1. Gastrointestinal Issues: Many targeted therapy drugs can cause gastrointestinal problems such as diarrhea, nausea, vomiting, and loss of appetite. These symptoms can range from mild to severe and may require medical intervention to manage effectively.
  2. Liver Problems: Some targeted therapies can affect liver function, leading to elevated liver enzymes, jaundice, or liver damage. Monitoring liver function through regular blood tests is often necessary during treatment.
  3. Skin Reactions: Certain targeted therapy drugs can cause skin changes, including rash, dryness, itching, or increased sensitivity to sunlight. Proper skincare and sun protection measures are recommended to minimize these effects.
  4. Fatigue is a common side effect of cancer treatment, including targeted therapy. Patients may experience increased tiredness, weakness, or reduced energy levels, which can impact daily activities.
  5. Bone Marrow Suppression: Some targeted therapies can suppress bone marrow function, resulting in reduced blood cell production (anemia, leukopenia, thrombocytopenia). Regular blood tests are needed to monitor blood cell counts.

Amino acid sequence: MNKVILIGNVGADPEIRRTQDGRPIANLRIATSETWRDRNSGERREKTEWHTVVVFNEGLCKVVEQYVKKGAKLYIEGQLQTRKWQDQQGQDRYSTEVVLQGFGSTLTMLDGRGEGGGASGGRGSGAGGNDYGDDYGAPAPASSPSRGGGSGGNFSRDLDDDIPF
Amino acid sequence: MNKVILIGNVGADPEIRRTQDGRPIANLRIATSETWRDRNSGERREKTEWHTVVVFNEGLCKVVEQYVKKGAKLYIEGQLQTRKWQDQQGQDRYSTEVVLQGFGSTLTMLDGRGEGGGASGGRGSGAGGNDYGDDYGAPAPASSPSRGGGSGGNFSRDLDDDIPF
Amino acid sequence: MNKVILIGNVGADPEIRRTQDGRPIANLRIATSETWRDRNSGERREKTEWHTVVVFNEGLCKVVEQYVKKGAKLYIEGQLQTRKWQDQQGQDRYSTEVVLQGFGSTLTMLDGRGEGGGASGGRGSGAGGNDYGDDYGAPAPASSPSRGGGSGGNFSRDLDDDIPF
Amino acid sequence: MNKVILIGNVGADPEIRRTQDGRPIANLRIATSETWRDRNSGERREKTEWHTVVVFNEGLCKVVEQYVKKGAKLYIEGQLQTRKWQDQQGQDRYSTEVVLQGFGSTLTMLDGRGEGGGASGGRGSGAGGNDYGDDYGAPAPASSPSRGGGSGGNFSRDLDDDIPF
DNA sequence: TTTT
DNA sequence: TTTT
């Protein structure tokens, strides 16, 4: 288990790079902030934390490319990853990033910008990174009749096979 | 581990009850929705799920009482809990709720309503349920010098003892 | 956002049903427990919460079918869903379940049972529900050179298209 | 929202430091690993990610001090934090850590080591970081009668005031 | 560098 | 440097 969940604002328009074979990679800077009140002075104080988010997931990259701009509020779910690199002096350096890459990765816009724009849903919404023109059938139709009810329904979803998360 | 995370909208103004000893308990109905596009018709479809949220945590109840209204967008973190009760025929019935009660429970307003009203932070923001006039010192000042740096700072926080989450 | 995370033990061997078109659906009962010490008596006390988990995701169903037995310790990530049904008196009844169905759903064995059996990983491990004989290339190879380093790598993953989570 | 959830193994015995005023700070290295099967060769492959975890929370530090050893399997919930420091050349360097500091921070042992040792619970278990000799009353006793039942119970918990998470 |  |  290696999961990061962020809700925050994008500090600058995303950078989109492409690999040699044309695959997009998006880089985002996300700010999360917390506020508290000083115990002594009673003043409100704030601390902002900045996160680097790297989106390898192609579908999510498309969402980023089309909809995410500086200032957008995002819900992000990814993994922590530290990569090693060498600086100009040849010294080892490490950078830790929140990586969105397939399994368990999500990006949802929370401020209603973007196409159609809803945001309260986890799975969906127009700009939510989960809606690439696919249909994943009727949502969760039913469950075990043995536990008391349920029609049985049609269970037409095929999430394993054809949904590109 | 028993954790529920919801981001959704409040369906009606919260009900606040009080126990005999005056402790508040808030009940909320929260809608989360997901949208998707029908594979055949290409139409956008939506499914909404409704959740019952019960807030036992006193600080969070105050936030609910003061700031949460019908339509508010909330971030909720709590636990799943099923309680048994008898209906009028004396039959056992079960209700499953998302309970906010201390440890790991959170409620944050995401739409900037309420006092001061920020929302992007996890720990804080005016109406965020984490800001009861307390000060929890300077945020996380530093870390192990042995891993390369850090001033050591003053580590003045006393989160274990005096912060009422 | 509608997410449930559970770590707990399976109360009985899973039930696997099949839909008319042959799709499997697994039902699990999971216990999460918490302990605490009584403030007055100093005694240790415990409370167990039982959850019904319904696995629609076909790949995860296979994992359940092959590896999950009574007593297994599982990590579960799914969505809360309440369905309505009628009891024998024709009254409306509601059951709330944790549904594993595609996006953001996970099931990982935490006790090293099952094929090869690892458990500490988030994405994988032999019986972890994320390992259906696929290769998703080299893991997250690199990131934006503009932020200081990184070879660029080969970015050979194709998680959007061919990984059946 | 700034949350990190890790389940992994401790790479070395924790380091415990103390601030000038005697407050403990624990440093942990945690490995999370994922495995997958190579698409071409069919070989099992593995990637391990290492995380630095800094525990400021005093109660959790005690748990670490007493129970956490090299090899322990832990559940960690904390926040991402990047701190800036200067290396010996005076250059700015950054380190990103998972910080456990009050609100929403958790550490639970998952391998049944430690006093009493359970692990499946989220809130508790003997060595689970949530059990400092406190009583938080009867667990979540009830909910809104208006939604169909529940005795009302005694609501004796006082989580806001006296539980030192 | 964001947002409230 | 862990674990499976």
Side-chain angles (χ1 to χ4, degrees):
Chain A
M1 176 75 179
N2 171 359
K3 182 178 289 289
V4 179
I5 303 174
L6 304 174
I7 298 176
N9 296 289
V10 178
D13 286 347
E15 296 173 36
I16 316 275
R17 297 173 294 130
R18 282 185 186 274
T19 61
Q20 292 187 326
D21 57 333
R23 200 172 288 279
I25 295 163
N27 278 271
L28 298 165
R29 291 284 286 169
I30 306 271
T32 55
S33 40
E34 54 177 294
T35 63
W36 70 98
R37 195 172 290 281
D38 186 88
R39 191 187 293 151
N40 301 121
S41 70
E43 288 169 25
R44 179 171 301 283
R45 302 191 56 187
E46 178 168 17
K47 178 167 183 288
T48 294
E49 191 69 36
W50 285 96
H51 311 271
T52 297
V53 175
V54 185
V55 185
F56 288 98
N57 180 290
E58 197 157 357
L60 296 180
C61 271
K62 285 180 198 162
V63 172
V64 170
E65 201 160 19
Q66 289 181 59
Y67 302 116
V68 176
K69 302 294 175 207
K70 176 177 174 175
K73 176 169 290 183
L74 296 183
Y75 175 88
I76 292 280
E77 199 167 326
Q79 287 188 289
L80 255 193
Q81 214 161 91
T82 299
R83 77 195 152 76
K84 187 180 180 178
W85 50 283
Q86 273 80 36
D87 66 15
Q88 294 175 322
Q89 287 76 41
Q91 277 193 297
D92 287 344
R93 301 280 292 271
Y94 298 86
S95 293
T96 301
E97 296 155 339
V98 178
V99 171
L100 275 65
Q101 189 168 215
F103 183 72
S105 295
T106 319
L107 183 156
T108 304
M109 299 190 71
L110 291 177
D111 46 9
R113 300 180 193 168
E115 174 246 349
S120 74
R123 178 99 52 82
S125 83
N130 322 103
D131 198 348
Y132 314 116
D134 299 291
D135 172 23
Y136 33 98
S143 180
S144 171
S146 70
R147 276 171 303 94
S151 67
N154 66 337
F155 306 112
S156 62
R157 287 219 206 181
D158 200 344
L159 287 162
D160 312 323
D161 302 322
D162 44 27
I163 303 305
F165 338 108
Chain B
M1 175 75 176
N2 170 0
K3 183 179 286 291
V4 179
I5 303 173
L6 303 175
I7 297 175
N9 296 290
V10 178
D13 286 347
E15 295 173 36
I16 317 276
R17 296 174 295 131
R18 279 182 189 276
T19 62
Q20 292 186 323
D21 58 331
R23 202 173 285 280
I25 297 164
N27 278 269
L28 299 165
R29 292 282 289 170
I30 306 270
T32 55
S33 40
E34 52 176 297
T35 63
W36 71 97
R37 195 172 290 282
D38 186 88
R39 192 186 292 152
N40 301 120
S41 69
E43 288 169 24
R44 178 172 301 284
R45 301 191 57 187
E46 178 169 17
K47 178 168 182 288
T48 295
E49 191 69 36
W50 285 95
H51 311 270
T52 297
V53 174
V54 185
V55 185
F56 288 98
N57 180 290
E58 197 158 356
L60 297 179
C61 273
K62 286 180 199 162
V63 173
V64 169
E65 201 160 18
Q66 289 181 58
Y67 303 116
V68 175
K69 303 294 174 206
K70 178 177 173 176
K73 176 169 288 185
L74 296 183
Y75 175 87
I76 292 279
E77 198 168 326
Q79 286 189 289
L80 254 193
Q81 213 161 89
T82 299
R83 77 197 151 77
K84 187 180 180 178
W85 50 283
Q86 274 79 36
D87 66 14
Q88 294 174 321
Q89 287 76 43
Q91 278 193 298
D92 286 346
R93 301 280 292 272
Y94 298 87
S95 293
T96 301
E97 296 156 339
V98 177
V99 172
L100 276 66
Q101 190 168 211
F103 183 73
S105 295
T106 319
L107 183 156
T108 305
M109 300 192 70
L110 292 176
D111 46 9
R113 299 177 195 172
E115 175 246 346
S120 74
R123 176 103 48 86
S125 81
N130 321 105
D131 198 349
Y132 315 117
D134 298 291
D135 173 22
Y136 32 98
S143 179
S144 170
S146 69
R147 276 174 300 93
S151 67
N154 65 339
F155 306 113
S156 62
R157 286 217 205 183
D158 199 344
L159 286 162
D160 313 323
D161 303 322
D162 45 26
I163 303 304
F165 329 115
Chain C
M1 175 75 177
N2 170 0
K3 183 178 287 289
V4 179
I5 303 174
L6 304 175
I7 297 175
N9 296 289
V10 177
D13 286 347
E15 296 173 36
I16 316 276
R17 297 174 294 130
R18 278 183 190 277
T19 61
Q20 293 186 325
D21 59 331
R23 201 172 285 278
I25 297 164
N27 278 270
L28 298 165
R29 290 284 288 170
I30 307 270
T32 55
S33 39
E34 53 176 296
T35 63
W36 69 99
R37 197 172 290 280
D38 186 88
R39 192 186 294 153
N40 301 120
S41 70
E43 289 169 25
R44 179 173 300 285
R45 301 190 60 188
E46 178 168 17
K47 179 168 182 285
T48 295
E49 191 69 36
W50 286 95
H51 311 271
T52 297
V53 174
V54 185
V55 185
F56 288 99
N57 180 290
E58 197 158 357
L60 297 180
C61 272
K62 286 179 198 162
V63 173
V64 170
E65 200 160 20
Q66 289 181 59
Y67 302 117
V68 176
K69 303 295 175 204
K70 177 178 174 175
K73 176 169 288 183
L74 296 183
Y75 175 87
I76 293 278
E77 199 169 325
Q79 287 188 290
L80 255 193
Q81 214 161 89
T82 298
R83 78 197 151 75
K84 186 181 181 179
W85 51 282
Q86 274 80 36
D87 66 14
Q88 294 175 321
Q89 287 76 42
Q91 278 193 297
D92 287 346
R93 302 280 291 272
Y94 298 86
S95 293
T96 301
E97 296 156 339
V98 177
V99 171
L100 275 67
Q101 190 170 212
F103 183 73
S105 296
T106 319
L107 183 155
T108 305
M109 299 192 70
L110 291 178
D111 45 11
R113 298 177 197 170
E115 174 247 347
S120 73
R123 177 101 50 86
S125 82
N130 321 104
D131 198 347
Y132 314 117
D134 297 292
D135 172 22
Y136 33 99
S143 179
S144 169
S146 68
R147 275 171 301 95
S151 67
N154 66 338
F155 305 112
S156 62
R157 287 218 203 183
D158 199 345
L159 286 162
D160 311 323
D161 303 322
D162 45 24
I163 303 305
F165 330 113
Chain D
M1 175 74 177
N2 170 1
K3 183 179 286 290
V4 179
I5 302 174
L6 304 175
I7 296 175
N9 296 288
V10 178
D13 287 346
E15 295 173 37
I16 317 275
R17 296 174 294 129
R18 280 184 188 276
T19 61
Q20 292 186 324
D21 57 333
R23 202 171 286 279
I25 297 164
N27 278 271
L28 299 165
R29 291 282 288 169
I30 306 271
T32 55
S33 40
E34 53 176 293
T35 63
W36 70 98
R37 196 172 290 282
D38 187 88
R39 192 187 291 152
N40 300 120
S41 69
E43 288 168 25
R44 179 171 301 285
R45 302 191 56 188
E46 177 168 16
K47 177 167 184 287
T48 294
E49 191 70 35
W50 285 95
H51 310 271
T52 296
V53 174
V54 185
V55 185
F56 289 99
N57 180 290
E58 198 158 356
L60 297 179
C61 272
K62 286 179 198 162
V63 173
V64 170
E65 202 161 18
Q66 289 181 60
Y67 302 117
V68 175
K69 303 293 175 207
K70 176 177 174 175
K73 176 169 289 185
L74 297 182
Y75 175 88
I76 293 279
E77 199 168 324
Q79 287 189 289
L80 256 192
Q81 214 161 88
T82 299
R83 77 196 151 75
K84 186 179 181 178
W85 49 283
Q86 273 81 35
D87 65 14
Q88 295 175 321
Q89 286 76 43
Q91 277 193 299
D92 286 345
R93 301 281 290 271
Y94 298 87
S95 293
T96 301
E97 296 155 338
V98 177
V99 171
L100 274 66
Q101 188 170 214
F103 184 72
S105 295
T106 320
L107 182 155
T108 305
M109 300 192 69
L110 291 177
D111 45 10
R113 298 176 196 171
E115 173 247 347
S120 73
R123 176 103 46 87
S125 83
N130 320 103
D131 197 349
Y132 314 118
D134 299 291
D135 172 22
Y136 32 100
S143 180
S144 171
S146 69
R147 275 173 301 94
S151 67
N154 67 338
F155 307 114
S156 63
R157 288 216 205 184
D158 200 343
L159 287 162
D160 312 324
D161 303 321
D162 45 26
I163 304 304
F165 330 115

6. Allergic Reactions: While less common, allergic reactions to targeted therapy drugs can occur, ranging from mild skin reactions to severe anaphylaxis. Patients should report any signs of allergic symptoms promptly.
  7. Neurological Symptoms: Certain targeted therapies may cause neurological side effects such as neuropathy (nerve damage), headaches, dizziness, or cognitive changes.

Read More: Cancer Care At Home

Examples of Targeted Therapy Drugs Used in Cancer:

  1. Imatinib (Gleevec): Used for chronic myeloid leukemia (CML) and gastrointestinal stromal tumors (GISTs), imatinib targets specific proteins involved in cancer cell growth.
  2. Trastuzumab (Herceptin): Effective for HER2-positive breast cancer, trastuzumab is a monoclonal antibody that targets the HER2 protein in cancer cells.
  3. Rituximab (Rituxan): Used in certain types of lymphoma and leukemia, rituximab is a monoclonal antibody that targets CD20 proteins on B-cells.
  4. Pembrolizumab: An immune checkpoint inhibitor that binds to the PD-1 protein on T-cells and is used to treat cancers such as melanoma, head & neck cancer, lung cancer, cervical cancer, Hodgkin lymphoma, and certain types of breast cancer.